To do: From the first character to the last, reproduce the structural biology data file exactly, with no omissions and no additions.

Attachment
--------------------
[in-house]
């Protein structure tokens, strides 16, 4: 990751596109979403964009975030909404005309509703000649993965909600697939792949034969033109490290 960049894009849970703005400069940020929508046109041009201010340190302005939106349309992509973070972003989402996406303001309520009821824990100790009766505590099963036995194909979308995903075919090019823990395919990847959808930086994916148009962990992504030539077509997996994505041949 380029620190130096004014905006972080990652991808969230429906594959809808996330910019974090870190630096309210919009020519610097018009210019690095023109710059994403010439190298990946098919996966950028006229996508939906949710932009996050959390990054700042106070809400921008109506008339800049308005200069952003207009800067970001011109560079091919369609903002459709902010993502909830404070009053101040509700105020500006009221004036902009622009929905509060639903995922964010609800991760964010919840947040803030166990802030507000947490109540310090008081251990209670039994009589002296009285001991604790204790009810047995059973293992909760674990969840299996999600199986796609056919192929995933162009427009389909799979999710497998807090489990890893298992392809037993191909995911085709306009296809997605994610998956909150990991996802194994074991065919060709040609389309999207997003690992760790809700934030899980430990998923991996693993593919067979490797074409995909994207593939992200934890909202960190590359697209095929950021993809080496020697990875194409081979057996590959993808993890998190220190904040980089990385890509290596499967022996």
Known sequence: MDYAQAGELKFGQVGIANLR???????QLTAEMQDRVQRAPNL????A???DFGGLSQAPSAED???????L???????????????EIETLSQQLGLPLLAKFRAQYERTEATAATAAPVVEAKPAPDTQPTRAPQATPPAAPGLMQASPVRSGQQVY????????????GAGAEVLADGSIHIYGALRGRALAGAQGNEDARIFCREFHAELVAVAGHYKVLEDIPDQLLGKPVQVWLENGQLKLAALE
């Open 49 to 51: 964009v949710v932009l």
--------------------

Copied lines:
[in-house]
């Protein structure tokens, strides 16, 4: 990751596109979403964009975030909404005309509703000649993965909600697939792949034969033109490290 960049894009849970703005400069940020929508046109041009201010340190302005939106349309992509973070972003989402996406303001309520009821824990100790009766505590099963036995194909979308995903075919090019823990395919990847959808930086994916148009962990992504030539077509997996994505041949 380029620190130096004014905006972080990652991808969230429906594959809808996330910019974090870190630096309210919009020519610097018009210019690095023109710059994403010439190298990946098919996966950028006229996508939906949710932009996050959390990054700042106070809400921008109506008339800049308005200069952003207009800067970001011109560079091919369609903002459709902010993502909830404070009053101040509700105020500006009221004036902009622009929905509060639903995922964010609800991760964010919840947040803030166990802030507000947490109540310090008081251990209670039994009589002296009285001991604790204790009810047995059973293992909760674990969840299996999600199986796609056919192929995933162009427009389909799979999710497998807090489990890893298992392809037993191909995911085709306009296809997605994610998956909150990991996802194994074991065919060709040609389309999207997003690992760790809700934030899980430990998923991996693993593919067979490797074409995909994207593939992200934890909202960190590359697209095929950021993809080496020697990875194409081979057996590959993808993890998190220190904040980089990385890509290596499967022996």
Known sequence: MDYAQAGELKFGQVGIANLR???????QLTAEMQDRVQRAPNL????A???DFGGLSQAPSAED???????L???????????????EIETLSQQLGLPLLAKFRAQYERTEATAATAAPVVEAKPAPDTQPTRAPQATPPAAPGLMQASPVRSGQQVY????????????GAGAEVLADGSIHIYGALRGRALAGAQGNEDARIFCREFHAELVAVAGHYKVLEDIPDQLLGKPVQVWLENGQLKLAALE
């Open 49 to 51: 964009v949710v932009l």